How to Take Aesthetic Notes on the iPad

May 16, 2019

Here’s a secret: taking aesthetic notes on the iPad is so much easier than on paper.

When armed with a note-taking app like Goodnotes, there are so many features that enable you to create better notes, with less work.

Here are some tips & tricks on how to take aesthetic notes on the iPad.

Spoiler-alert: The tips will help you make your notes look better, even if you don’t have perfect handwriting.

1. Play around with pen settings to find the style you like

In Goodnotes, there are 3 main pens to choose from and they all write differently.

The fountain pen and brush pen are pressure sensitive. That means that the ink will change based on much you press down and how quickly you write. For the fountain pen, you can also adjust how pointy you’d prefer the tip to be. These pens are great for calligraphy or giving a bit more character to your notes.

The ball pen, on the other hand, will always give you a uniform line. No matter how much pressure you’re using, the ink will look the same and therefore give you better control.

The thickness of your pen strokes can also change the look and feel of your handwriting.

Test the variety of pens to find the one with the aesthetic you like the most.

Tip: Try mixing it up! Use the brush pen for your headings or titles to make them stand out. Use the fountain or ball pen to take the bulk of your notes.

2. Edit your notes after writing them

This is where taking aesthetic notes on the iPad really shines: the ability to resize or move ink on the page after jotting it down.

Examples of how you can edit your digital notes:

  • Running out of space? Move your notes up the page, or move a sentence to exactly the right spot.
  • Move bullet points around so that they are perfectly aligned
  • Change the color of the ink or the size of your writing

Tip from studygrammer @cupofstudies:
Since her handwriting gets messier the larger she writes, she tends to write headers smaller and increase the size afterward.

At the same time, consider staring big and then going small for objects that require more precision, like graphs and sketches. Draw them as big as you need to and then size them down so that they fit in where you want them to be.

3. Zoom in and out to find the best size and position to write

Both writing too small and writing too large can throw you off your game.

Sometimes writing too large can give you less control of your pen, and too small can cram your otherwise nice handwriting into scribbles.

The good thing about taking notes on the iPad is that you can zoom in and out to write at whatever size you feel the most comfortable with.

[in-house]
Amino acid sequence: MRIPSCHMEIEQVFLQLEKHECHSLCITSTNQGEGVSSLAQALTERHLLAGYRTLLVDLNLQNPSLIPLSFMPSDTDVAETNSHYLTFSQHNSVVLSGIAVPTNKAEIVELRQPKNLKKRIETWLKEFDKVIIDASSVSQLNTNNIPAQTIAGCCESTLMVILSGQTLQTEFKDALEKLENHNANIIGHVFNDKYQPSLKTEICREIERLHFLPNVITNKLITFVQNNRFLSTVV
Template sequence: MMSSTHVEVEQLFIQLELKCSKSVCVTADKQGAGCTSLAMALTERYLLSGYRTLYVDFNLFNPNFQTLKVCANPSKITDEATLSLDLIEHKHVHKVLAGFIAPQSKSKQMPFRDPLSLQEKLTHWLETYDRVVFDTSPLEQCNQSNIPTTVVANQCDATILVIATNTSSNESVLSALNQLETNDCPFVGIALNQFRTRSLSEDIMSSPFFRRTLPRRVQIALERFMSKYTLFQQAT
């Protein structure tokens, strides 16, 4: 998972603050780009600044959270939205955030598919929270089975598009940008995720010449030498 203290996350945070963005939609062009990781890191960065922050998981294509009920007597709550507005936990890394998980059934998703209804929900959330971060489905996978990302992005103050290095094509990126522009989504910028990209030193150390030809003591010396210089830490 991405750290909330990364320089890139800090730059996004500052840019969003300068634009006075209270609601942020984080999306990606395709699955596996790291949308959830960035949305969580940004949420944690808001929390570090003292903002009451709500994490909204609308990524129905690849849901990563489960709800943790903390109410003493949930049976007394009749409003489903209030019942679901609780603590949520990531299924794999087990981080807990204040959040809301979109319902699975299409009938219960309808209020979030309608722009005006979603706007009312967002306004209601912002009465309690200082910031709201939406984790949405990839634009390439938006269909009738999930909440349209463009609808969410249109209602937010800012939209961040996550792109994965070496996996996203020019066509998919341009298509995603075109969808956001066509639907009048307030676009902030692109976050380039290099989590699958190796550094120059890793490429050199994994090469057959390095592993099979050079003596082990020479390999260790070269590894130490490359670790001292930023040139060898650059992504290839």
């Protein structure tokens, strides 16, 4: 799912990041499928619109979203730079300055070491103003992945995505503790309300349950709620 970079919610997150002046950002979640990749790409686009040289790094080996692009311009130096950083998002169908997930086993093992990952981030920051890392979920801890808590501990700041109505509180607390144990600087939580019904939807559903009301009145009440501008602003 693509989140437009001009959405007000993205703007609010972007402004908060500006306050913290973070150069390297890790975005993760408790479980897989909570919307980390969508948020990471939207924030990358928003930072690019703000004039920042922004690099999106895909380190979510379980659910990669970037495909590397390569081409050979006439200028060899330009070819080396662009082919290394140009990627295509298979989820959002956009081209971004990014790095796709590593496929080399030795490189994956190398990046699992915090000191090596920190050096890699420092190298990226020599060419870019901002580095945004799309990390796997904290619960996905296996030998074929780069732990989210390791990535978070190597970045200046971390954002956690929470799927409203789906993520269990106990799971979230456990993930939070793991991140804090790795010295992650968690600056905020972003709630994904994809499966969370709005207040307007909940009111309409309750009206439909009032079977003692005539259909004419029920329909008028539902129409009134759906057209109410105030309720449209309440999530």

That means that you can zoom into a piece of lined paper until you can write in-between the lines, and perfect each stroke.

In Goodnotes, there’s a self-advancing Zoom window — part of your page will be zoomed in for you to write, while keeping the full page in view.

4. Use squared paper to write in straight lines

Achieve perfectly straight lines every time with this hack:

Write on squared paper and let the grid lines help you align your writing. Then, once you’re done writing, switch the paper template back to blank.

And voila! You’ve achieved perfectly straight handwriting and now have a page of neat and aesthetic notes.

5. Try writing on a matte screen protector

If you’re not used to writing on the slick screen of the iPad, consider getting a matte screen protector.

This will add the friction you’re used to when writing on paper, and could help you get more comfortable writing on the iPad.

Check out Paperlike, or do a quick search on Amazon.

Tip: A matte screen protector can slightly reduce the crispness of the display.

6. Add a splash of color with highlighters

They’re not just for highlighting!

Highlighter ink appears as a softer color than the pen ink, and can add a splash of color without distracting from your notes.

In Goodnotes, it always falls behind your pen ink so as not to cover up your text.

So in addition to highlighting important information, you can also try:

  • Drawing boxes to frame your notes or to create new sections
  • Underlining your headings
  • Creating shadows
  • Coloring in any shapes or diagrams

7. Explore digital planners and templates

While Goodnotes comes with a variety of default templates, you can also import your own.

It’s similar to finding beautiful stationery: instead of changing your handwriting, let the paper transform the way your notes look.

You can find well-designed bullet journal spreads, daily or monthly planners, and even templates for different study notes.

You can get the above weekly planning template here!

We rounded up some of our favorite digital planners here.

8. Add stickers and images

Stickers are another no-brainer tip — you can take your normal notes, add a few stickers and make them bright or beautiful to look at.

Goodnotes comes with several default sticker packs from sticky notes, mind map shapes, to decorative stickers too.

With iOS 16’s new image cropping tool, you can turn your images into stickers too, as your backgrounds will automatically crop out!

Check out our blog post for some free (and premium) digital stickers.

9. Follow a color scheme

Which colors look best together?

When you take notes on the iPad, you literally have access to every color, meaning you can build your own color themes and palettes to use in your notes.

Find your colors you want to use, and save them as presets for easy access.

Take aesthetic iPad notes with Goodnotes

Join millions of people worldwide taking beautiful, searchable notes in Goodnotes. Or, for more information, read our list of best practices on taking notes on the iPad.

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